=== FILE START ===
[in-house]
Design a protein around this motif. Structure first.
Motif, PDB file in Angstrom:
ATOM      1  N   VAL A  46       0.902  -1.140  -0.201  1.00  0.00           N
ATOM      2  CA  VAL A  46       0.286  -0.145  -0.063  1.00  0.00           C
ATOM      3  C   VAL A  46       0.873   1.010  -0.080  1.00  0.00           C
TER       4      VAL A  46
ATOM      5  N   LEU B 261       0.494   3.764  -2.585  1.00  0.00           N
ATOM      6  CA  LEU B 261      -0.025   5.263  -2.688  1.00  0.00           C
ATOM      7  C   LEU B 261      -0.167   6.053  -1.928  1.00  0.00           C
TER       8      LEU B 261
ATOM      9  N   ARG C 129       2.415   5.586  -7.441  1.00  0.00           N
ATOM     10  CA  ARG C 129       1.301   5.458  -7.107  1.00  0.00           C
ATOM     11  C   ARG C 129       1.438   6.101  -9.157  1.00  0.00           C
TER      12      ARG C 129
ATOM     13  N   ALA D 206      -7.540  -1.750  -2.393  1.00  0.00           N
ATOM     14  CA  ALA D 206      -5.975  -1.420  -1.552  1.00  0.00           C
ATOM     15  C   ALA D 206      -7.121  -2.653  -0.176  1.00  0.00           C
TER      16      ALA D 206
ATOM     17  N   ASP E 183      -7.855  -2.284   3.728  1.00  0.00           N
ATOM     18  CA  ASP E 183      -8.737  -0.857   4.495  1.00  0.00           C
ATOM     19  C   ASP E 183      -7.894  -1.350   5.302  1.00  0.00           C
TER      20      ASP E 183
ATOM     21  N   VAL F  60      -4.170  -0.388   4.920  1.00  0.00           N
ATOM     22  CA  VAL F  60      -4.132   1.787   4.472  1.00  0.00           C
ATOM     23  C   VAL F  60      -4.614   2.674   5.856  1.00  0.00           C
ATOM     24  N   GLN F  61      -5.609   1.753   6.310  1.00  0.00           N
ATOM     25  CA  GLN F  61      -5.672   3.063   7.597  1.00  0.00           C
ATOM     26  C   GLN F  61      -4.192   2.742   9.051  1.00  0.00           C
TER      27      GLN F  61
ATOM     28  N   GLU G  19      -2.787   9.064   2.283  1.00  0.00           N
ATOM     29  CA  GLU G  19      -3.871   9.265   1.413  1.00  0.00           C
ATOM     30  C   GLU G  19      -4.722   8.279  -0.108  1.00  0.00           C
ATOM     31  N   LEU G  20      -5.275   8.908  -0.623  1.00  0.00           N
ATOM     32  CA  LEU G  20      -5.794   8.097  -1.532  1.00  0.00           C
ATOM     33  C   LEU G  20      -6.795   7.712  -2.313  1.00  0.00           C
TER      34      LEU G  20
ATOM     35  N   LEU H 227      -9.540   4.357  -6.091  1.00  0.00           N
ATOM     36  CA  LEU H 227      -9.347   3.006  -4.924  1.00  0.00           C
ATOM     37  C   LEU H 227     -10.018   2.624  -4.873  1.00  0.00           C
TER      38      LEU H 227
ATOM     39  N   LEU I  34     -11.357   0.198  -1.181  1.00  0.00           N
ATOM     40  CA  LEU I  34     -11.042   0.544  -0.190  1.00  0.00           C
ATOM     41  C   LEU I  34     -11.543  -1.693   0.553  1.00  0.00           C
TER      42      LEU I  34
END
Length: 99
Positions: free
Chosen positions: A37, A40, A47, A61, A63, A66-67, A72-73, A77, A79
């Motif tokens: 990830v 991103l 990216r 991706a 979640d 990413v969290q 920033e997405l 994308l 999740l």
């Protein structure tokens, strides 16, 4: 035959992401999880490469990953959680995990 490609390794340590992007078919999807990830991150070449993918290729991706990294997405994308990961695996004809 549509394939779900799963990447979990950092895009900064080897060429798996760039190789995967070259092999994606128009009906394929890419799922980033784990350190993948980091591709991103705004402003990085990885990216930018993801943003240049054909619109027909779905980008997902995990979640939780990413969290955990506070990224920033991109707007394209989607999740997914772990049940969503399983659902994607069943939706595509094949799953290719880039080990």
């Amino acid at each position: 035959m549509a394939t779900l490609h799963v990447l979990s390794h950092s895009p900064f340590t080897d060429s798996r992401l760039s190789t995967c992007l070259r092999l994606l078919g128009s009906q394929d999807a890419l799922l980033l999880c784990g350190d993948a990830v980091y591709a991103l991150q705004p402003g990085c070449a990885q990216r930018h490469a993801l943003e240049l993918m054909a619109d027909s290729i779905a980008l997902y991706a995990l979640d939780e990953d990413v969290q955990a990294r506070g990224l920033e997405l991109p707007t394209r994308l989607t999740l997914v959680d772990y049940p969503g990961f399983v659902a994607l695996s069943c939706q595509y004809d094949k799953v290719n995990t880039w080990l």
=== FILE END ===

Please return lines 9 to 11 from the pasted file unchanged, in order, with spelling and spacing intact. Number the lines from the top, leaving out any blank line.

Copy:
ATOM      6  CA  LEU B 261      -0.025   5.263  -2.688  1.00  0.00           C
ATOM      7  C   LEU B 261      -0.167   6.053  -1.928  1.00  0.00           C
TER       8      LEU B 261